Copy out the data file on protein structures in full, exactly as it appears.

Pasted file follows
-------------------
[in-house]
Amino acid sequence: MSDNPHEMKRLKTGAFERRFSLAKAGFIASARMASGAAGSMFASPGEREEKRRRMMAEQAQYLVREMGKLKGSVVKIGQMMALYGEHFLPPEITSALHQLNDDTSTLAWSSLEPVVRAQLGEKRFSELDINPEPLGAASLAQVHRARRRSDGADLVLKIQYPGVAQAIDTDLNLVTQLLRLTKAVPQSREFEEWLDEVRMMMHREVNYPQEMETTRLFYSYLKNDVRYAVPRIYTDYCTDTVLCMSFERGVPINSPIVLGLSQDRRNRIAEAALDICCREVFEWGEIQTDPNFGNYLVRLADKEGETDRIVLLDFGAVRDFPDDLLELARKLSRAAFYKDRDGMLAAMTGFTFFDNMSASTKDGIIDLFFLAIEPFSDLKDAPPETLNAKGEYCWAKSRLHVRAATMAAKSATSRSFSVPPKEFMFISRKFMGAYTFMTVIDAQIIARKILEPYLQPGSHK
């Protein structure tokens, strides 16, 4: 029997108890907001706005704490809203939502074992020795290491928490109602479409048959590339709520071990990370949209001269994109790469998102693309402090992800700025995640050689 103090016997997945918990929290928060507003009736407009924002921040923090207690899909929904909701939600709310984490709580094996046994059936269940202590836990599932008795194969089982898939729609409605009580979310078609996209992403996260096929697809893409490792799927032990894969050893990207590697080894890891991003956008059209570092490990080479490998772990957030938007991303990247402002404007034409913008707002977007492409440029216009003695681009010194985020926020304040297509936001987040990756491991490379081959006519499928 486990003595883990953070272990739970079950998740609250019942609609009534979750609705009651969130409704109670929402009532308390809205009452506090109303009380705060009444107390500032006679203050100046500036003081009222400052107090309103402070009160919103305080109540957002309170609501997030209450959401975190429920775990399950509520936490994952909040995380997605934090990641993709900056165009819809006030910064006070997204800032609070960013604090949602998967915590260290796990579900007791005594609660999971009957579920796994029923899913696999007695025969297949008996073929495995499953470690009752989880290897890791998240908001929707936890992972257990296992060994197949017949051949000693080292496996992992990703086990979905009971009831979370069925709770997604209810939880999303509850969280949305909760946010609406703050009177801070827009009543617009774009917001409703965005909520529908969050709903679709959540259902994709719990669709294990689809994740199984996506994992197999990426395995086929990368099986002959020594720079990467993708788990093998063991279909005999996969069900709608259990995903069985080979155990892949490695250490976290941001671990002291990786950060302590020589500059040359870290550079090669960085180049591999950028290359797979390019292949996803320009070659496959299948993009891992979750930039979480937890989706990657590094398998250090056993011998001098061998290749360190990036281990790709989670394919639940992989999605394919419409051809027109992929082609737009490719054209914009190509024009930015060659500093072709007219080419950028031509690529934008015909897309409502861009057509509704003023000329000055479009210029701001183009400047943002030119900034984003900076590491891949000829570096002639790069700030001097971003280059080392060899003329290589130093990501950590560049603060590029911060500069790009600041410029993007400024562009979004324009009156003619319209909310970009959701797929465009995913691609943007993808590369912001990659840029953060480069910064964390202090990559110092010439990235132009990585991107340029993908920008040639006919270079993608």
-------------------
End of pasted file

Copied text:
[in-house]
Amino acid sequence: MSDNPHEMKRLKTGAFERRFSLAKAGFIASARMASGAAGSMFASPGEREEKRRRMMAEQAQYLVREMGKLKGSVVKIGQMMALYGEHFLPPEITSALHQLNDDTSTLAWSSLEPVVRAQLGEKRFSELDINPEPLGAASLAQVHRARRRSDGADLVLKIQYPGVAQAIDTDLNLVTQLLRLTKAVPQSREFEEWLDEVRMMMHREVNYPQEMETTRLFYSYLKNDVRYAVPRIYTDYCTDTVLCMSFERGVPINSPIVLGLSQDRRNRIAEAALDICCREVFEWGEIQTDPNFGNYLVRLADKEGETDRIVLLDFGAVRDFPDDLLELARKLSRAAFYKDRDGMLAAMTGFTFFDNMSASTKDGIIDLFFLAIEPFSDLKDAPPETLNAKGEYCWAKSRLHVRAATMAAKSATSRSFSVPPKEFMFISRKFMGAYTFMTVIDAQIIARKILEPYLQPGSHK
């Protein structure tokens, strides 16, 4: 029997108890907001706005704490809203939502074992020795290491928490109602479409048959590339709520071990990370949209001269994109790469998102693309402090992800700025995640050689 103090016997997945918990929290928060507003009736407009924002921040923090207690899909929904909701939600709310984490709580094996046994059936269940202590836990599932008795194969089982898939729609409605009580979310078609996209992403996260096929697809893409490792799927032990894969050893990207590697080894890891991003956008059209570092490990080479490998772990957030938007991303990247402002404007034409913008707002977007492409440029216009003695681009010194985020926020304040297509936001987040990756491991490379081959006519499928 486990003595883990953070272990739970079950998740609250019942609609009534979750609705009651969130409704109670929402009532308390809205009452506090109303009380705060009444107390500032006679203050100046500036003081009222400052107090309103402070009160919103305080109540957002309170609501997030209450959401975190429920775990399950509520936490994952909040995380997605934090990641993709900056165009819809006030910064006070997204800032609070960013604090949602998967915590260290796990579900007791005594609660999971009957579920796994029923899913696999007695025969297949008996073929495995499953470690009752989880290897890791998240908001929707936890992972257990296992060994197949017949051949000693080292496996992992990703086990979905009971009831979370069925709770997604209810939880999303509850969280949305909760946010609406703050009177801070827009009543617009774009917001409703965005909520529908969050709903679709959540259902994709719990669709294990689809994740199984996506994992197999990426395995086929990368099986002959020594720079990467993708788990093998063991279909005999996969069900709608259990995903069985080979155990892949490695250490976290941001671990002291990786950060302590020589500059040359870290550079090669960085180049591999950028290359797979390019292949996803320009070659496959299948993009891992979750930039979480937890989706990657590094398998250090056993011998001098061998290749360190990036281990790709989670394919639940992989999605394919419409051809027109992929082609737009490719054209914009190509024009930015060659500093072709007219080419950028031509690529934008015909897309409502861009057509509704003023000329000055479009210029701001183009400047943002030119900034984003900076590491891949000829570096002639790069700030001097971003280059080392060899003329290589130093990501950590560049603060590029911060500069790009600041410029993007400024562009979004324009009156003619319209909310970009959701797929465009995913691609943007993808590369912001990659840029953060480069910064964390202090990559110092010439990235132009990585991107340029993908920008040639006919270079993608």